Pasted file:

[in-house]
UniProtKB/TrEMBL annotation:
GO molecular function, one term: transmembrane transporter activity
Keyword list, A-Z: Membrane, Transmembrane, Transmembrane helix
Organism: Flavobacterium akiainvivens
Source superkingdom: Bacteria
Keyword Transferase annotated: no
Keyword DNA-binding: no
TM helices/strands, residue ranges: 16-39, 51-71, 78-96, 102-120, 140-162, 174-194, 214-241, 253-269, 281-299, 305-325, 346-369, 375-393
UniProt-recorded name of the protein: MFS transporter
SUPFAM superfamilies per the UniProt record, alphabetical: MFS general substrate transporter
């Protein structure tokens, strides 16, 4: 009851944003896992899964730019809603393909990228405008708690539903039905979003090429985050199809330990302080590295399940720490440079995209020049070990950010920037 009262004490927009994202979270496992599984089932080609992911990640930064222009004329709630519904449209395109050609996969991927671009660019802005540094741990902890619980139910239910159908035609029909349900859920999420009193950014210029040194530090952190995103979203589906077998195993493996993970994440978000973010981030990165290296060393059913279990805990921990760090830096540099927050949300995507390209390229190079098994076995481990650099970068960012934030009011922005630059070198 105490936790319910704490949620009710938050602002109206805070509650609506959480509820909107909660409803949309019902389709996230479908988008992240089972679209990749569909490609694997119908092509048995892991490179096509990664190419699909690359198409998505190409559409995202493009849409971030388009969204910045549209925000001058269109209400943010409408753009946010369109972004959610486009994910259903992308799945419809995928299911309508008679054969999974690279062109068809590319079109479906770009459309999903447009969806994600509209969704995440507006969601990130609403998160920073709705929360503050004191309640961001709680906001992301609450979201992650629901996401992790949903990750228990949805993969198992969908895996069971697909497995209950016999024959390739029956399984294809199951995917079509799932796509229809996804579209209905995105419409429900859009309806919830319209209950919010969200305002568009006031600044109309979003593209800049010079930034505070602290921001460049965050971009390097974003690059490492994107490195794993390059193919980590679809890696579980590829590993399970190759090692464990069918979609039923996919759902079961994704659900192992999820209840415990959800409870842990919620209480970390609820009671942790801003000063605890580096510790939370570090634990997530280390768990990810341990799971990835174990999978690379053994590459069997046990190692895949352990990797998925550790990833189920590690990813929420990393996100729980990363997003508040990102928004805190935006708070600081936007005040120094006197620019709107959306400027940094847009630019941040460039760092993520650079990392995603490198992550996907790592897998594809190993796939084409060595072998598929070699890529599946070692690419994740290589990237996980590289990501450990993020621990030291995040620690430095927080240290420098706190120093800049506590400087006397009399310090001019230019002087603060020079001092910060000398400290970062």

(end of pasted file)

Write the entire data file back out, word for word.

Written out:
[in-house]
UniProtKB/TrEMBL annotation:
GO molecular function, one term: transmembrane transporter activity
Keyword list, A-Z: Membrane, Transmembrane, Transmembrane helix
Organism: Flavobacterium akiainvivens
Source superkingdom: Bacteria
Keyword Transferase annotated: no
Keyword DNA-binding: no
TM helices/strands, residue ranges: 16-39, 51-71, 78-96, 102-120, 140-162, 174-194, 214-241, 253-269, 281-299, 305-325, 346-369, 375-393
UniProt-recorded name of the protein: MFS transporter
SUPFAM superfamilies per the UniProt record, alphabetical: MFS general substrate transporter
């Protein structure tokens, strides 16, 4: 009851944003896992899964730019809603393909990228405008708690539903039905979003090429985050199809330990302080590295399940720490440079995209020049070990950010920037 009262004490927009994202979270496992599984089932080609992911990640930064222009004329709630519904449209395109050609996969991927671009660019802005540094741990902890619980139910239910159908035609029909349900859920999420009193950014210029040194530090952190995103979203589906077998195993493996993970994440978000973010981030990165290296060393059913279990805990921990760090830096540099927050949300995507390209390229190079098994076995481990650099970068960012934030009011922005630059070198 105490936790319910704490949620009710938050602002109206805070509650609506959480509820909107909660409803949309019902389709996230479908988008992240089972679209990749569909490609694997119908092509048995892991490179096509990664190419699909690359198409998505190409559409995202493009849409971030388009969204910045549209925000001058269109209400943010409408753009946010369109972004959610486009994910259903992308799945419809995928299911309508008679054969999974690279062109068809590319079109479906770009459309999903447009969806994600509209969704995440507006969601990130609403998160920073709705929360503050004191309640961001709680906001992301609450979201992650629901996401992790949903990750228990949805993969198992969908895996069971697909497995209950016999024959390739029956399984294809199951995917079509799932796509229809996804579209209905995105419409429900859009309806919830319209209950919010969200305002568009006031600044109309979003593209800049010079930034505070602290921001460049965050971009390097974003690059490492994107490195794993390059193919980590679809890696579980590829590993399970190759090692464990069918979609039923996919759902079961994704659900192992999820209840415990959800409870842990919620209480970390609820009671942790801003000063605890580096510790939370570090634990997530280390768990990810341990799971990835174990999978690379053994590459069997046990190692895949352990990797998925550790990833189920590690990813929420990393996100729980990363997003508040990102928004805190935006708070600081936007005040120094006197620019709107959306400027940094847009630019941040460039760092993520650079990392995603490198992550996907790592897998594809190993796939084409060595072998598929070699890529599946070692690419994740290589990237996980590289990501450990993020621990030291995040620690430095927080240290420098706190120093800049506590400087006397009399310090001019230019002087603060020079001092910060000398400290970062």